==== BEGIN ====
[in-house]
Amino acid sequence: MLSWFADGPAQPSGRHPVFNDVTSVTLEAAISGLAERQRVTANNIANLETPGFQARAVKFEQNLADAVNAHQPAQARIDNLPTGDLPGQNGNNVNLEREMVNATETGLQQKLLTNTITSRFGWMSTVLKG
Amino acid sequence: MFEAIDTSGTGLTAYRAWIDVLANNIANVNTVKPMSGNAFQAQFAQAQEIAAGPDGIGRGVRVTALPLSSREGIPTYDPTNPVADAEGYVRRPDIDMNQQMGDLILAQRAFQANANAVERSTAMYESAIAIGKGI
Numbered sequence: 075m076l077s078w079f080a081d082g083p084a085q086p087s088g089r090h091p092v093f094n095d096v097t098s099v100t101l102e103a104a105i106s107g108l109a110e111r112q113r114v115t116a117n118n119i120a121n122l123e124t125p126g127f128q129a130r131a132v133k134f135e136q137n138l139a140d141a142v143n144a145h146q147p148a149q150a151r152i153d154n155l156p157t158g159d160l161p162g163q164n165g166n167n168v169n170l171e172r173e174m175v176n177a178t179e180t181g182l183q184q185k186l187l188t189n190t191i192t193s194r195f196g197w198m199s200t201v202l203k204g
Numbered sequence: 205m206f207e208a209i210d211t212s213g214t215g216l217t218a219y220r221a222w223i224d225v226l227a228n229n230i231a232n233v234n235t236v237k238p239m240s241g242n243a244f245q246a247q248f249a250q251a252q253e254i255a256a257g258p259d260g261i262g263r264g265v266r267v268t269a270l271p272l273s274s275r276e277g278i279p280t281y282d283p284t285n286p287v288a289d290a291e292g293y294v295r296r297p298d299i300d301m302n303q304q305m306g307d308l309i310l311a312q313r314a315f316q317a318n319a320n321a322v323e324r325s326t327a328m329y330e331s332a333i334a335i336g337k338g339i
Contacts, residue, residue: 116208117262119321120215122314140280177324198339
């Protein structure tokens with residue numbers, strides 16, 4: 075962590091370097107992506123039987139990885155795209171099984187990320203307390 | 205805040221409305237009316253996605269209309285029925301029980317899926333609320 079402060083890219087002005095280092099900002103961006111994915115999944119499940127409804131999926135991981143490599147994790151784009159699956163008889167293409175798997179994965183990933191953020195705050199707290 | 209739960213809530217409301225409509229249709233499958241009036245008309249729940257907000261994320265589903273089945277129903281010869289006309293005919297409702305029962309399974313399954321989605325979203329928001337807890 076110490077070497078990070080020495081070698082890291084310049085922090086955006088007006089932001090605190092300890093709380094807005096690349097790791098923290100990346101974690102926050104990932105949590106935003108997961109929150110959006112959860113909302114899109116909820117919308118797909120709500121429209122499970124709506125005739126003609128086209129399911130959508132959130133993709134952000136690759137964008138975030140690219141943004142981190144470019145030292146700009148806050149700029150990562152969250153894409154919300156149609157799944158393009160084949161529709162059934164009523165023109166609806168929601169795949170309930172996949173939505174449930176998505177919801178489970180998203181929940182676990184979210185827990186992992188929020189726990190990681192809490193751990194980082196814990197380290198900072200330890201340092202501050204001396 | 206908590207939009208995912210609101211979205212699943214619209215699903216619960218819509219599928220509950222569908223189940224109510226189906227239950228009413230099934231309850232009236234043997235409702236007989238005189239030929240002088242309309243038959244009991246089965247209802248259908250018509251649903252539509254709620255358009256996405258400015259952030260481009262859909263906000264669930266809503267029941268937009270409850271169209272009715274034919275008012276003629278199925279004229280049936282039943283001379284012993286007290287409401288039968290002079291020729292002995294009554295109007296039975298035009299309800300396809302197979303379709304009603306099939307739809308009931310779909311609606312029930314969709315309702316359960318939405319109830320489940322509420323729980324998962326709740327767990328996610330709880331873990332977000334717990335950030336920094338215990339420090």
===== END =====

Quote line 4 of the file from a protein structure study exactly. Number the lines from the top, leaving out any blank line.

Numbered sequence: 075m076l077s078w079f080a081d082g083p084a085q086p087s088g089r090h091p092v093f094n095d096v097t098s099v100t101l102e103a104a105i106s107g108l109a110e111r112q113r114v115t116a117n118n119i120a121n122l123e124t125p126g127f128q129a130r131a132v133k134f135e136q137n138l139a140d141a142v143n144a145h146q147p148a149q150a151r152i153d154n155l156p157t158g159d160l161p162g163q164n165g166n167n168v169n170l171e172r173e174m175v176n177a178t179e180t181g182l183q184q185k186l187l188t189n190t191i192t193s194r195f196g197w198m199s200t201v202l203k204g